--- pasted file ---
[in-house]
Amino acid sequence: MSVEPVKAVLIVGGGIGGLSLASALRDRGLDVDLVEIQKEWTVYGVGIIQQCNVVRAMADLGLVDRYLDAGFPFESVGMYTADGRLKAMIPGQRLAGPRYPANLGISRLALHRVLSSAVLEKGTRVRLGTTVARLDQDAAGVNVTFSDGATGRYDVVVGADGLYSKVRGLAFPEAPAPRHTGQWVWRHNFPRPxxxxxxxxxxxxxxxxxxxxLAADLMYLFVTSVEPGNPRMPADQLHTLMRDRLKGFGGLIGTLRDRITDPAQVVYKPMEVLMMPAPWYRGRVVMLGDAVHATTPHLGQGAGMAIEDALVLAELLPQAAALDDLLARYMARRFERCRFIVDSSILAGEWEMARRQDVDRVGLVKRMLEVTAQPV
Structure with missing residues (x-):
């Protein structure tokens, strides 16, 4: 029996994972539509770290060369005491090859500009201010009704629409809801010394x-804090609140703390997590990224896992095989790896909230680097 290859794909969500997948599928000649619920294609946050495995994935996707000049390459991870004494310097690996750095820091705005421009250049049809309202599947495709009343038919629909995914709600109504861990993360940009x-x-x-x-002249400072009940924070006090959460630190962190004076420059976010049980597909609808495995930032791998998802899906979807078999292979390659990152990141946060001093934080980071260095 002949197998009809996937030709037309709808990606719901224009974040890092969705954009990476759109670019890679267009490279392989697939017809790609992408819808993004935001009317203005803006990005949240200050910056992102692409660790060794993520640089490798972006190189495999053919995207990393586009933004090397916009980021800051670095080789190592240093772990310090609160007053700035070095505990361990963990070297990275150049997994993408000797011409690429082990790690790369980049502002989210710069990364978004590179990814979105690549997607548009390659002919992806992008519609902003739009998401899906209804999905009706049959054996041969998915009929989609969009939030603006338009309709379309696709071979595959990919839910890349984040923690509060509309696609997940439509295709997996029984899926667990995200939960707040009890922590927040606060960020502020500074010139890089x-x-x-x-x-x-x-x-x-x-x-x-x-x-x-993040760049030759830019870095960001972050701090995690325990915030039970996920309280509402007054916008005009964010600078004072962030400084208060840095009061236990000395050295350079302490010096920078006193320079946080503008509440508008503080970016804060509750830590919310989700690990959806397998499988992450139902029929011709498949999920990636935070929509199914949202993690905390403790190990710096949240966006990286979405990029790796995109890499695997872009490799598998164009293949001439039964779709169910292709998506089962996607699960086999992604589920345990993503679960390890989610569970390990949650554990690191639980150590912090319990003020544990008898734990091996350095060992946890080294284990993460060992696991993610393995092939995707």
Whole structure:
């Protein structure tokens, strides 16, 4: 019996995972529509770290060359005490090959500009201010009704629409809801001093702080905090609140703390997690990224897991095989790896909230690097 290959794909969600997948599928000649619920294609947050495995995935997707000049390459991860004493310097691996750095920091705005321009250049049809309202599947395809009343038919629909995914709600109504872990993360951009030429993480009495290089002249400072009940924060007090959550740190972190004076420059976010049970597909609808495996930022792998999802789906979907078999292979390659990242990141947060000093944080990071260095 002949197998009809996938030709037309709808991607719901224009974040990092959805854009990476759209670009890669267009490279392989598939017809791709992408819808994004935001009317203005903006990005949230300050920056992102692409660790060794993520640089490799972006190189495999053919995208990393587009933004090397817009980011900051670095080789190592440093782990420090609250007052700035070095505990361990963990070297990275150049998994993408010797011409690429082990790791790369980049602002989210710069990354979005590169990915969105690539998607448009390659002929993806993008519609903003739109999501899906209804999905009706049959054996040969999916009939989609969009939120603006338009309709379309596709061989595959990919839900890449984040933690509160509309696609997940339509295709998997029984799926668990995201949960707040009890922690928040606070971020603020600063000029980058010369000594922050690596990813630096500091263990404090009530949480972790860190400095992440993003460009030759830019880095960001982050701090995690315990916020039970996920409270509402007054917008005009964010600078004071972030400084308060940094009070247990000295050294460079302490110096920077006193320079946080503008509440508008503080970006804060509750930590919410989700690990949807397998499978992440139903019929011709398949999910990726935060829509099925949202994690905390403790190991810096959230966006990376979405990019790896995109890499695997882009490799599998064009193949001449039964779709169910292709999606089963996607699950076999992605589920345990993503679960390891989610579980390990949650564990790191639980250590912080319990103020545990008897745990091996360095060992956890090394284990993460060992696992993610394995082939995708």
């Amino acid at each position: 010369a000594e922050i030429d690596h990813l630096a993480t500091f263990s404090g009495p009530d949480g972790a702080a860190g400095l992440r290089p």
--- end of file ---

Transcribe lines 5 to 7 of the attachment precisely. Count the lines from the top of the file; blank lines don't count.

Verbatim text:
Whole structure:
């Protein structure tokens, strides 16, 4: 019996995972529509770290060359005490090959500009201010009704629409809801001093702080905090609140703390997690990224897991095989790896909230690097 290959794909969600997948599928000649619920294609947050495995995935997707000049390459991860004493310097691996750095920091705005321009250049049809309202599947395809009343038919629909995914709600109504872990993360951009030429993480009495290089002249400072009940924060007090959550740190972190004076420059976010049970597909609808495996930022792998999802789906979907078999292979390659990242990141947060000093944080990071260095 002949197998009809996938030709037309709808991607719901224009974040990092959805854009990476759209670009890669267009490279392989598939017809791709992408819808994004935001009317203005903006990005949230300050920056992102692409660790060794993520640089490799972006190189495999053919995208990393587009933004090397817009980011900051670095080789190592440093782990420090609250007052700035070095505990361990963990070297990275150049998994993408010797011409690429082990790791790369980049602002989210710069990354979005590169990915969105690539998607448009390659002929993806993008519609903003739109999501899906209804999905009706049959054996040969999916009939989609969009939120603006338009309709379309596709061989595959990919839900890449984040933690509160509309696609997940339509295709998997029984799926668990995201949960707040009890922690928040606070971020603020600063000029980058010369000594922050690596990813630096500091263990404090009530949480972790860190400095992440993003460009030759830019880095960001982050701090995690315990916020039970996920409270509402007054917008005009964010600078004071972030400084308060940094009070247990000295050294460079302490110096920077006193320079946080503008509440508008503080970006804060509750930590919410989700690990949807397998499978992440139903019929011709398949999910990726935060829509099925949202994690905390403790190991810096959230966006990376979405990019790896995109890499695997882009490799599998064009193949001449039964779709169910292709999606089963996607699950076999992605589920345990993503679960390891989610579980390990949650564990790191639980250590912080319990103020545990008897745990091996360095060992956890090394284990993460060992696992993610394995082939995708």
């Amino acid at each position: 010369a000594e922050i030429d690596h990813l630096a993480t500091f263990s404090g009495p009530d949480g972790a702080a860190g400095l992440r290089p």